And while there were plenty of scenes where Cusack chewed the scenery like he was a death-row inmate eating his last meal, I was actually bothered more by Evans’ performance. I didn’t mind the casting of Cusack as Poe because he looked and sounded the part, but Evans’ voice didn’t mesh with a lot of the scenes he had to pull off, and jeez…there’s one scene towards the end where he delivers a line that made the entire audience (of 8) laugh out loud because it was SO BAD.
S: Oh my gosh, yes. It was painfully difficult to watch. You’re right – he had poor delivery, but let’s not sell the rest of the cast short. They ALL performed equally as bad. And there were some good actors in this movie! Brendan Gleeson (Harry Potter and the Goblet of Fire) is in it! And his lines were just as bad!
A: It was almost as if director James McTeigue was getting paid by how quickly the film was finished, so they did just like one take of each scene and he “That’s good, moving on.”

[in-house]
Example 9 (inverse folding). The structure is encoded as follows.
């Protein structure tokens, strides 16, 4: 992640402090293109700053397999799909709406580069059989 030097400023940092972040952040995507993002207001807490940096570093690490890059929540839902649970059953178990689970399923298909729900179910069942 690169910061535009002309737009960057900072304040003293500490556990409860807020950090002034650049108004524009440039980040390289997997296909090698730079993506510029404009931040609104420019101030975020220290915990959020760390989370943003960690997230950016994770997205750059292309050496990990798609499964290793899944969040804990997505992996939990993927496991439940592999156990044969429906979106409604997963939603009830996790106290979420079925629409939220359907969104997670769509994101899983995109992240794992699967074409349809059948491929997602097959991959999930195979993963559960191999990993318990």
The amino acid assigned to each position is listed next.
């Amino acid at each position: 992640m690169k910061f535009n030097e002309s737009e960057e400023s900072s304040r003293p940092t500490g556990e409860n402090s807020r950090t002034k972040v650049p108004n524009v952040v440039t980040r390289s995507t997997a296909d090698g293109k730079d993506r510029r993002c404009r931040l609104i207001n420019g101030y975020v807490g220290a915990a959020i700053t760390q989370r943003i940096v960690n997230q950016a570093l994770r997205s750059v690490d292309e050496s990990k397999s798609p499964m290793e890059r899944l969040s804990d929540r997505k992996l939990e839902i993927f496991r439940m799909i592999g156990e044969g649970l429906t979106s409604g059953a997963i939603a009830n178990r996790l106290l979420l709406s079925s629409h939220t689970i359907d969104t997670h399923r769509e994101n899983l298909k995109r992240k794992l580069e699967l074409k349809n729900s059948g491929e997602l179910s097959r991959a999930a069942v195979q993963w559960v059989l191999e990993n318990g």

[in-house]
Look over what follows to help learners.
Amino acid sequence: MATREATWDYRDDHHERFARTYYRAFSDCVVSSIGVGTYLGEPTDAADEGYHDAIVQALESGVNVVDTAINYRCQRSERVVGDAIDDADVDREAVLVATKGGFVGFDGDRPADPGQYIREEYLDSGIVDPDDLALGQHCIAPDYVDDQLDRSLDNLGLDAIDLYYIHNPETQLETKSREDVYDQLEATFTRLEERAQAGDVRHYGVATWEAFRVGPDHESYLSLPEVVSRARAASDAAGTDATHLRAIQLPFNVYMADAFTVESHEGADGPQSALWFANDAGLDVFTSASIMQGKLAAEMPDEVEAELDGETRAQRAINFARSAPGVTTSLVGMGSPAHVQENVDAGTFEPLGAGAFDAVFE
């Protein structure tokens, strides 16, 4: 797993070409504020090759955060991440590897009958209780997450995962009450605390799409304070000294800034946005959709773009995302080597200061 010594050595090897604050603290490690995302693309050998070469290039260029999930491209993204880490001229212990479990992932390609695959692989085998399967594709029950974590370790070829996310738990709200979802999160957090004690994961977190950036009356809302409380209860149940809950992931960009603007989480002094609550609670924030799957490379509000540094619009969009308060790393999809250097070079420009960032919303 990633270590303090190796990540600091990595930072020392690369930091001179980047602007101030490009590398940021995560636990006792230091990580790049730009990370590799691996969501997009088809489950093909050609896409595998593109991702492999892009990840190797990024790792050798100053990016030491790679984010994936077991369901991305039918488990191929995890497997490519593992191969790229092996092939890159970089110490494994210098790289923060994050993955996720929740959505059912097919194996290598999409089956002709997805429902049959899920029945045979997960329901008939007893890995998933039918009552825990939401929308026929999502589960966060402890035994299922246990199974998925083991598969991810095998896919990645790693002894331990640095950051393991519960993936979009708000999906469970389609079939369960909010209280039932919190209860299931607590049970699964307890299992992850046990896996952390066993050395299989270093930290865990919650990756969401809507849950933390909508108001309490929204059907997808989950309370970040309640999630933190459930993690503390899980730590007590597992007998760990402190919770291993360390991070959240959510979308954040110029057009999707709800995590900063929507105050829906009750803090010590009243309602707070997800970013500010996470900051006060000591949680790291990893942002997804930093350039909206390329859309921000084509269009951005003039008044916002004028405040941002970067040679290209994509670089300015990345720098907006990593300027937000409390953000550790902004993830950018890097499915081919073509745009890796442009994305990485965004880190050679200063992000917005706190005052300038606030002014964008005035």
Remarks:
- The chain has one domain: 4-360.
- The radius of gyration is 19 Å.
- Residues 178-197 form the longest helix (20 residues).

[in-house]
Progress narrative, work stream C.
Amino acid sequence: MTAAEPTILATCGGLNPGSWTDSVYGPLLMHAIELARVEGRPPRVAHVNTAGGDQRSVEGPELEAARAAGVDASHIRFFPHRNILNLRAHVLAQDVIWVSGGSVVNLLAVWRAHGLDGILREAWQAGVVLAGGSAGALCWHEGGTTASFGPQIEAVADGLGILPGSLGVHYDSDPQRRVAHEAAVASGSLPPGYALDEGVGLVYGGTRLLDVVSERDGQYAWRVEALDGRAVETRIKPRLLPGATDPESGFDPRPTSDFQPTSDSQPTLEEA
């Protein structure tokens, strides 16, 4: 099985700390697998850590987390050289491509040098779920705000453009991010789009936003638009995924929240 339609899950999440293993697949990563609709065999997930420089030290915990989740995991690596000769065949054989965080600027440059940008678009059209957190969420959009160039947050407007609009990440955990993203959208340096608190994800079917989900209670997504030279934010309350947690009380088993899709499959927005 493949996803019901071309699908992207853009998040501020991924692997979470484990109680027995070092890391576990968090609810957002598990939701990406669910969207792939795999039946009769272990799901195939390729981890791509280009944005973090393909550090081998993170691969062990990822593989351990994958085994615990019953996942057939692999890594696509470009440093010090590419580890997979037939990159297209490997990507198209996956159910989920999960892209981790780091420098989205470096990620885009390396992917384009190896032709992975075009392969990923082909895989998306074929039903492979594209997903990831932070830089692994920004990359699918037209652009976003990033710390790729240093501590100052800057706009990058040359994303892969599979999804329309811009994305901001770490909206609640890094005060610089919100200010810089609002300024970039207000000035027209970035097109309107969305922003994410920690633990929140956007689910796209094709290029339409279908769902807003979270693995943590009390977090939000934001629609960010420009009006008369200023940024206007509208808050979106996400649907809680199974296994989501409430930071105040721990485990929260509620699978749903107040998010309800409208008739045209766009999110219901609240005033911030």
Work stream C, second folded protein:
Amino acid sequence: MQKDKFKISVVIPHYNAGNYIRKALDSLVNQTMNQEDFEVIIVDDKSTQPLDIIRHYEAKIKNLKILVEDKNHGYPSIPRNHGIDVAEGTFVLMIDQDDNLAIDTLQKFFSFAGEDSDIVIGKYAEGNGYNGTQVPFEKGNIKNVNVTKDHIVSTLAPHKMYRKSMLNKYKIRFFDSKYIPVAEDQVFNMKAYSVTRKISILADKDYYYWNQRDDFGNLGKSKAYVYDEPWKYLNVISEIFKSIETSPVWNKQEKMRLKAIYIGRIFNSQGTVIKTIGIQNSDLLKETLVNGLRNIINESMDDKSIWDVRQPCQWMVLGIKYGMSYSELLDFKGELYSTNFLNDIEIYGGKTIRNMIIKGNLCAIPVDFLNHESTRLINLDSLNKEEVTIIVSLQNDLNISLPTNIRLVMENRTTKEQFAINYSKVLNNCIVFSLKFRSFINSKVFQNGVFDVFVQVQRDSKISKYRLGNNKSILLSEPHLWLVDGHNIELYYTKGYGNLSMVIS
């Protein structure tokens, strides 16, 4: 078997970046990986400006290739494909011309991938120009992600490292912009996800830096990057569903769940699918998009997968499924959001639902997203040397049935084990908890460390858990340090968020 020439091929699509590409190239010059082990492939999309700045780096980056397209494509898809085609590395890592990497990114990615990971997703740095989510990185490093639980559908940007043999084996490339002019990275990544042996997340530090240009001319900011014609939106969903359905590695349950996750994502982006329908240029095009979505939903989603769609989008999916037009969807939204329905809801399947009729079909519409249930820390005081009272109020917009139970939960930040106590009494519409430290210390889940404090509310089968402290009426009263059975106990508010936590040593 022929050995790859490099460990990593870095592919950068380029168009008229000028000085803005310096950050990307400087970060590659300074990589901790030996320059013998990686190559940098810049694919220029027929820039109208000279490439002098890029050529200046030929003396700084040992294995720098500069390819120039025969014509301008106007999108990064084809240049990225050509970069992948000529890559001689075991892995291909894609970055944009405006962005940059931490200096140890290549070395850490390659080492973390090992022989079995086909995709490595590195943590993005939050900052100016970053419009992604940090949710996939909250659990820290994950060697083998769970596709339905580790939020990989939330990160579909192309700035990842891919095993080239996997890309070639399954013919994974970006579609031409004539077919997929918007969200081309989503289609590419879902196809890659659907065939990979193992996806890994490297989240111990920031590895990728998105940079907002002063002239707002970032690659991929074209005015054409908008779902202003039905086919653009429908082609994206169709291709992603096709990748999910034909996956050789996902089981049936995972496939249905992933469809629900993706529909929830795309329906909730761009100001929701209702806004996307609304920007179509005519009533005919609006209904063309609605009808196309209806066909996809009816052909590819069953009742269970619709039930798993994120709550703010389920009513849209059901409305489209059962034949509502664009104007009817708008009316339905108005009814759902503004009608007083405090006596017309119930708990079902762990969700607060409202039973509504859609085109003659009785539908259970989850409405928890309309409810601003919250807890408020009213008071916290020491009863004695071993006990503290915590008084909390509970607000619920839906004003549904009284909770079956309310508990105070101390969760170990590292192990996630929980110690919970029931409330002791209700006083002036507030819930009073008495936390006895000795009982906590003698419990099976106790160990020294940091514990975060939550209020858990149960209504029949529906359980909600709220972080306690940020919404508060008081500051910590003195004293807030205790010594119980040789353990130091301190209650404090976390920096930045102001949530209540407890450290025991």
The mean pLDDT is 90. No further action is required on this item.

S: The whole plot in and of itself of a serial killer using Poe’s stories as the inspiration for his murders is a good idea, it was just poorly executed.
A: Completely agreed. Like I said in our preview a couple of weeks ago, I like the premise of the movie. But you’re right, the execution was horribly flawed.
S: And they make a big deal about the movie being set in Baltimore, but there is ZERO set indication that they’re actually IN Baltimore. That wouldn’t bother normal viewers but it bothered me because Poe is one of Baltimore’s claims to fame and they hardly show it except through the dialogue. And only one character actually has a Baltimore accent.